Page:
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Re: Roma reviews

Postby HarryGoldfarb » Fri Dec 14, 2018 5:35 pm

So Cooper won't get 5 Oscar nods since his songs weren't sumbitted... he's up now "just" for Picture, Director, Leading Actor and Screenplay. But Cuarón can easily achieve this feat: he individually is up for Picture, Director, Screenplay, Cinematography and Editing, though apparently the film's writing is not its major strenght. The Foreign Language Film likely nomination won't count for this specific feat.

Back in 1954 Walt Disney received 6 noninations (and won 4 awards), holding up to this point this record, but has someone received 5 nods for the same ceremony or would Cuarón become the closest to Disney in this achievement?
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Re: Roma reviews

Postby ITALIANO » Sun Dec 09, 2018 4:37 am

Mister Tee wrote:
ITALIANO wrote:
Mister Tee wrote:I don’t disagree with much of what Italiano says here, but I hold the film in higher esteem than he -- I’m more a masterpiece-half-full than masterpiece-half-empty guy..


Or maybe, simply, not a masterpiece at all, Mister Tee? :)


For the record, I mainly used that phrase for the glib sound of it. I'm still weighing the film's overall merits, as I thought my comments made clear, and I'm deferring final judgment till I've watched it again, which won't be till at least a week hence, when it touches down on Netflix.


Oh ok.

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Re: Roma reviews

Postby Mister Tee » Sun Dec 09, 2018 1:46 am

ITALIANO wrote:
Mister Tee wrote:I don’t disagree with much of what Italiano says here, but I hold the film in higher esteem than he -- I’m more a masterpiece-half-full than masterpiece-half-empty guy..


Or maybe, simply, not a masterpiece at all, Mister Tee? :)


For the record, I mainly used that phrase for the glib sound of it. I'm still weighing the film's overall merits, as I thought my comments made clear, and I'm deferring final judgment till I've watched it again, which won't be till at least a week hence, when it touches down on Netflix.

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Re: Roma reviews

Postby ITALIANO » Thu Dec 06, 2018 4:01 am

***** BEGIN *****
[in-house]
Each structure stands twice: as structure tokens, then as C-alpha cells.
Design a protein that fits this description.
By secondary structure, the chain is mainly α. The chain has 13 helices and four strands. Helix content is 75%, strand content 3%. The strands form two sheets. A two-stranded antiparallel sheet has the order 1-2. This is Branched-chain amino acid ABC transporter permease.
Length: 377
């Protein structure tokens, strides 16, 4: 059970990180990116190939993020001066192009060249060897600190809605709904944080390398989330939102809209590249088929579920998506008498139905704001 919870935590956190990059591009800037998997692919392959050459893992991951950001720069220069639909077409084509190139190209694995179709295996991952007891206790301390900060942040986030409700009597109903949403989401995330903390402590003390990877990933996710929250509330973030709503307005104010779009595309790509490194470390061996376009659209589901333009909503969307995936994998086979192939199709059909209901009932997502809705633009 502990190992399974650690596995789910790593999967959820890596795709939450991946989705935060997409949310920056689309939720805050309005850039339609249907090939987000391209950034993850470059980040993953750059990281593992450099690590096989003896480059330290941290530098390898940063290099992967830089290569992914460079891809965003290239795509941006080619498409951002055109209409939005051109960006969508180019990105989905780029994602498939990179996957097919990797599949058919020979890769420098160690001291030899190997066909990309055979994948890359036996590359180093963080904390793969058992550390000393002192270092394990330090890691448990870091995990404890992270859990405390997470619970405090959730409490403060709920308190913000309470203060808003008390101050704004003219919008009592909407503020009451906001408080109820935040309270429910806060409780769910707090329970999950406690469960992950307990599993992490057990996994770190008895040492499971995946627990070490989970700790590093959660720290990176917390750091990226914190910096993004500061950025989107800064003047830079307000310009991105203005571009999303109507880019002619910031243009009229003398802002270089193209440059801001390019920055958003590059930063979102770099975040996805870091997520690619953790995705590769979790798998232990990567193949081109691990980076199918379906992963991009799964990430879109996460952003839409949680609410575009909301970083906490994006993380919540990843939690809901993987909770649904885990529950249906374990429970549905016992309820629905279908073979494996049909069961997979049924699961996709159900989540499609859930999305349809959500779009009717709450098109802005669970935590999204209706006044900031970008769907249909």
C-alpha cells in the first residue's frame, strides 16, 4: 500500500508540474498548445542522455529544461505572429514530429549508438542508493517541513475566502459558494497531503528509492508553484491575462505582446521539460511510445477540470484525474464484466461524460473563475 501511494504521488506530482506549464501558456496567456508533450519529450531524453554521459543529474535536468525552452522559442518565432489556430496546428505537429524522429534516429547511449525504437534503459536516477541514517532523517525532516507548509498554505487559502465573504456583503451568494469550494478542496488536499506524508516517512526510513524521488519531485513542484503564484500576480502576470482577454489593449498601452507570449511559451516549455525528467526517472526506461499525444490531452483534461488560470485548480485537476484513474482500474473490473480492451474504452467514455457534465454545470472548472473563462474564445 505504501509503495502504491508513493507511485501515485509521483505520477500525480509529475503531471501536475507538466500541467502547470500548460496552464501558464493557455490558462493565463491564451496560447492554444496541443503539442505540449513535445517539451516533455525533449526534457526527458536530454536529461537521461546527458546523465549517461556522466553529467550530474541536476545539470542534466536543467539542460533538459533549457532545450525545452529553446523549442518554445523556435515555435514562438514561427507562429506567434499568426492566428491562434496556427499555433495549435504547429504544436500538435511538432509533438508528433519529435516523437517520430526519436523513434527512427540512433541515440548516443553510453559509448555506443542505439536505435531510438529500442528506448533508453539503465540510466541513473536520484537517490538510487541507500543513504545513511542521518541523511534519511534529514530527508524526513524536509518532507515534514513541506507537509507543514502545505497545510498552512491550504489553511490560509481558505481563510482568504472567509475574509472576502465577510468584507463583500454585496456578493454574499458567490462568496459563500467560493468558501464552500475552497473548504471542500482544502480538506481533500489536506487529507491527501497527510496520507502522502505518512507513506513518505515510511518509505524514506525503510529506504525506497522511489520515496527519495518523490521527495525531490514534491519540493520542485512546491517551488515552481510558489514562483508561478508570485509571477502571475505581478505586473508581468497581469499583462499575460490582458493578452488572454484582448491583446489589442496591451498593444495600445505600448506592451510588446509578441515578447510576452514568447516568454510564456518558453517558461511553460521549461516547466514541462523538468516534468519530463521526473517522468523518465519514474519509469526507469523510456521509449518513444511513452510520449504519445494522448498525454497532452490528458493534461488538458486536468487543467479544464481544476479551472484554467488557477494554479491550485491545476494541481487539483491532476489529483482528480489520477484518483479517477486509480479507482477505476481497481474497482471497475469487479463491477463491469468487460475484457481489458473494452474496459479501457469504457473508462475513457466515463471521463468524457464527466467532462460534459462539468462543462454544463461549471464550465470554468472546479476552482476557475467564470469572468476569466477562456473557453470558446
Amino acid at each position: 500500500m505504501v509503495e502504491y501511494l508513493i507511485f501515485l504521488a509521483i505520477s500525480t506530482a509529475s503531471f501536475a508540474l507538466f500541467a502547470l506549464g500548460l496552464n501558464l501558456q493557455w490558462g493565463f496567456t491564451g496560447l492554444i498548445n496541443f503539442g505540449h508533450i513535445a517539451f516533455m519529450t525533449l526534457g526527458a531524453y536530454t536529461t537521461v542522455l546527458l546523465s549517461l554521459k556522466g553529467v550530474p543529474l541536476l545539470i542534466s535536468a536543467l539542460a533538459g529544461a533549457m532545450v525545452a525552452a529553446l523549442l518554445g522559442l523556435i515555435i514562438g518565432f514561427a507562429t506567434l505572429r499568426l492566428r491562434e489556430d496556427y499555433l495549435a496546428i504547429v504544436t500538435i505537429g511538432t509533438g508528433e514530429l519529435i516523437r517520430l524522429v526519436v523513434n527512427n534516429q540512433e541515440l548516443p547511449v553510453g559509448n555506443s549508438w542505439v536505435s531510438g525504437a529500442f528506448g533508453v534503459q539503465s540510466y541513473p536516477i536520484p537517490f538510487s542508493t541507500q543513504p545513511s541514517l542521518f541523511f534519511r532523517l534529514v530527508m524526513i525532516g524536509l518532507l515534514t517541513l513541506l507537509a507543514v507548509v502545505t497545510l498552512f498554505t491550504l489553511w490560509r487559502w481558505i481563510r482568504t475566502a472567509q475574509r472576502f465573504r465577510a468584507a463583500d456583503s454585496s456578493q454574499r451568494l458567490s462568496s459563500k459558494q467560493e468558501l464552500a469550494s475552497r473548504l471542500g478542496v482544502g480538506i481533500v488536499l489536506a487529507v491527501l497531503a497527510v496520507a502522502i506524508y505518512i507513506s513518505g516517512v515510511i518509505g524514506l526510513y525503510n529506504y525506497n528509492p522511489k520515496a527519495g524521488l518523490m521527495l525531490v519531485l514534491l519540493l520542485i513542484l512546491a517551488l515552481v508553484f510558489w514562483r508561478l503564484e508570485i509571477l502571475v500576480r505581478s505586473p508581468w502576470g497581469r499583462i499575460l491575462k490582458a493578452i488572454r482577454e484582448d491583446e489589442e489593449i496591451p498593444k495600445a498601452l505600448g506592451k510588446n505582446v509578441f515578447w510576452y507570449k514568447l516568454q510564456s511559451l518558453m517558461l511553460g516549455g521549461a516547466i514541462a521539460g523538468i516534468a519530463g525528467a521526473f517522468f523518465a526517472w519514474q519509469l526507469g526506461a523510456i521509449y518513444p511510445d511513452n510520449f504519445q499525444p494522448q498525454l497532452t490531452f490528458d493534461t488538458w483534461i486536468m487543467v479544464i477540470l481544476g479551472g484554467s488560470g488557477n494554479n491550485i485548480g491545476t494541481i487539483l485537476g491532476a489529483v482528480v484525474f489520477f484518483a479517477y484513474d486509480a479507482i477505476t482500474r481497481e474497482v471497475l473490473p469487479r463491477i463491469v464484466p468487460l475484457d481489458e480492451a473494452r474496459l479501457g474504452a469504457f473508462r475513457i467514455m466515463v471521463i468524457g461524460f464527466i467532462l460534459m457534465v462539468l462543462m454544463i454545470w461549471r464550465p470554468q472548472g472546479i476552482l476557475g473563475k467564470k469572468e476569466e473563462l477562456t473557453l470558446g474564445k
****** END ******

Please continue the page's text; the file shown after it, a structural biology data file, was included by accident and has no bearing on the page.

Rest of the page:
Mister Tee wrote:I don’t disagree with much of what Italiano says here, but I hold the film in higher esteem than he -- I’m more a masterpiece-half-full than masterpiece-half-empty guy..


Or maybe, simply, not a masterpiece at all, Mister Tee? :)

As always, I read your reviews - ONLY after I have seen the movie - with attention. I don't always agree with you, but I find your views - especially, I'd add, when they are different from mine - at least interesting. They are admirably balanced, and often very personal, which is an aspect I absolutely value, and which I don't always find in other Americans writing here (Sabin and Big Magilla are other exceptions).

Yet, I don't know - this time there's something not completely convincing - and I'm not saying that it didn't completely convince ME, rather that it didn't completely convince you. You finish your post saying that Roma is a major work, but for once there's nothing in what you write before which supports this conclusion, which leads to it.

Take the famous beach scene. Now, it's not just that I hated it (I think I will never forget the final shot, with the two women and the children carefully embracing with all their faces towards the camera. I feel I've never seen anything more fake and obviously artficially planned - how many times did they have to rehearse it?!). I was actually anxious to consider an alternative opinion, and I got yours. And guess what? What you do is basically to repeat what Cuaron shows us. What the characters do, what the characters say. Don't get me wrong - that's the ONLY way to deal with that scene, so I'm not criticizing your approach here. But it says alot, I think. Because there's really nothing else, in that scene, which the writer/director doesn't openly says or shows. The subtext, which you believe you have found there and elsewhere in the movie, is just, and simply, text.

Now, I have to be fair and admit that THAT text is extremely well rendered and portrayed. It's true that from a purely formal point of view the movie is almost perfect. And I won't even say that form is not important - it IS, and not many directors today are as good at it as Cuaron is. But from a "major work" I expect more, frankly. Frigidness - even, or maybe especially, when it comes with beauty - can be as frustrating in films as it is in personal relationships.

I know now that this hasn't been a great year for American cinema. It happens. But this isn't a good reason to desperately find greatness where it doesn't exist. And at least we, men of a certain age, should see through the hype that these days is too often forced upon us. :)